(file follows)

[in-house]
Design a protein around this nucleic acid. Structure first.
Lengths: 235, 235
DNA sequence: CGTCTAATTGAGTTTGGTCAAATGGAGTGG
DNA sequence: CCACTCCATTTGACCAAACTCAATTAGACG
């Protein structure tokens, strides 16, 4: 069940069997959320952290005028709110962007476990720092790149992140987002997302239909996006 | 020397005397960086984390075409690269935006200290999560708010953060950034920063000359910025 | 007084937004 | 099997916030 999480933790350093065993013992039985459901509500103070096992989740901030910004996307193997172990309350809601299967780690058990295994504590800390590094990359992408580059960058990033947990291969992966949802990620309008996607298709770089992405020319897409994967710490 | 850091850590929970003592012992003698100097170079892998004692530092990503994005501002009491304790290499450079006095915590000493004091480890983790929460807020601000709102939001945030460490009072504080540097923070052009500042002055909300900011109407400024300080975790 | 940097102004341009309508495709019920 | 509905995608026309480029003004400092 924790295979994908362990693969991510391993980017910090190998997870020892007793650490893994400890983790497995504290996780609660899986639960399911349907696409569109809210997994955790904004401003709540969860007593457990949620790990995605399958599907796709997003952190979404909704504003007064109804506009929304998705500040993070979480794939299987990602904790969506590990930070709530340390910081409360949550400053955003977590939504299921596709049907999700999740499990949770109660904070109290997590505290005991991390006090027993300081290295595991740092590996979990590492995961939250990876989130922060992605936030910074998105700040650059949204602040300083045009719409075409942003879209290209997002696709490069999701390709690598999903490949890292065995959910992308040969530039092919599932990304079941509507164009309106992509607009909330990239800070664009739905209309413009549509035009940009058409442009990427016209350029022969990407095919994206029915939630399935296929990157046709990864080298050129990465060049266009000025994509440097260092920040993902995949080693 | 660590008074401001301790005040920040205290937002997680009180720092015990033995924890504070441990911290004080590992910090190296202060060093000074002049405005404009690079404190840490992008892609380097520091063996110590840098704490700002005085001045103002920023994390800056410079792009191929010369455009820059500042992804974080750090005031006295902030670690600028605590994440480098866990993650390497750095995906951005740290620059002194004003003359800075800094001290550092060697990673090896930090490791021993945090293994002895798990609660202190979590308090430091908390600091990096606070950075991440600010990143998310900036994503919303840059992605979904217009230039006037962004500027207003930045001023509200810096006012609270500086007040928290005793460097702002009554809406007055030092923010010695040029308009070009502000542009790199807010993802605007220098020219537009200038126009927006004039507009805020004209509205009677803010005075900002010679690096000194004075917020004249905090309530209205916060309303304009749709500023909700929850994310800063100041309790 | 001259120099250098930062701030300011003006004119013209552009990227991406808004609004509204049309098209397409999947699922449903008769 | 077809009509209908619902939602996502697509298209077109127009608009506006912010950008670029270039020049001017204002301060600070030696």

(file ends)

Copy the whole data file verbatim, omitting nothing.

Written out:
[in-house]
Design a protein around this nucleic acid. Structure first.
Lengths: 235, 235
DNA sequence: CGTCTAATTGAGTTTGGTCAAATGGAGTGG
DNA sequence: CCACTCCATTTGACCAAACTCAATTAGACG
């Protein structure tokens, strides 16, 4: 069940069997959320952290005028709110962007476990720092790149992140987002997302239909996006 | 020397005397960086984390075409690269935006200290999560708010953060950034920063000359910025 | 007084937004 | 099997916030 999480933790350093065993013992039985459901509500103070096992989740901030910004996307193997172990309350809601299967780690058990295994504590800390590094990359992408580059960058990033947990291969992966949802990620309008996607298709770089992405020319897409994967710490 | 850091850590929970003592012992003698100097170079892998004692530092990503994005501002009491304790290499450079006095915590000493004091480890983790929460807020601000709102939001945030460490009072504080540097923070052009500042002055909300900011109407400024300080975790 | 940097102004341009309508495709019920 | 509905995608026309480029003004400092 924790295979994908362990693969991510391993980017910090190998997870020892007793650490893994400890983790497995504290996780609660899986639960399911349907696409569109809210997994955790904004401003709540969860007593457990949620790990995605399958599907796709997003952190979404909704504003007064109804506009929304998705500040993070979480794939299987990602904790969506590990930070709530340390910081409360949550400053955003977590939504299921596709049907999700999740499990949770109660904070109290997590505290005991991390006090027993300081290295595991740092590996979990590492995961939250990876989130922060992605936030910074998105700040650059949204602040300083045009719409075409942003879209290209997002696709490069999701390709690598999903490949890292065995959910992308040969530039092919599932990304079941509507164009309106992509607009909330990239800070664009739905209309413009549509035009940009058409442009990427016209350029022969990407095919994206029915939630399935296929990157046709990864080298050129990465060049266009000025994509440097260092920040993902995949080693 | 660590008074401001301790005040920040205290937002997680009180720092015990033995924890504070441990911290004080590992910090190296202060060093000074002049405005404009690079404190840490992008892609380097520091063996110590840098704490700002005085001045103002920023994390800056410079792009191929010369455009820059500042992804974080750090005031006295902030670690600028605590994440480098866990993650390497750095995906951005740290620059002194004003003359800075800094001290550092060697990673090896930090490791021993945090293994002895798990609660202190979590308090430091908390600091990096606070950075991440600010990143998310900036994503919303840059992605979904217009230039006037962004500027207003930045001023509200810096006012609270500086007040928290005793460097702002009554809406007055030092923010010695040029308009070009502000542009790199807010993802605007220098020219537009200038126009927006004039507009805020004209509205009677803010005075900002010679690096000194004075917020004249905090309530209205916060309303304009749709500023909700929850994310800063100041309790 | 001259120099250098930062701030300011003006004119013209552009990227991406808004609004509204049309098209397409999947699922449903008769 | 077809009509209908619902939602996502697509298209077109127009608009506006912010950008670029270039020049001017204002301060600070030696």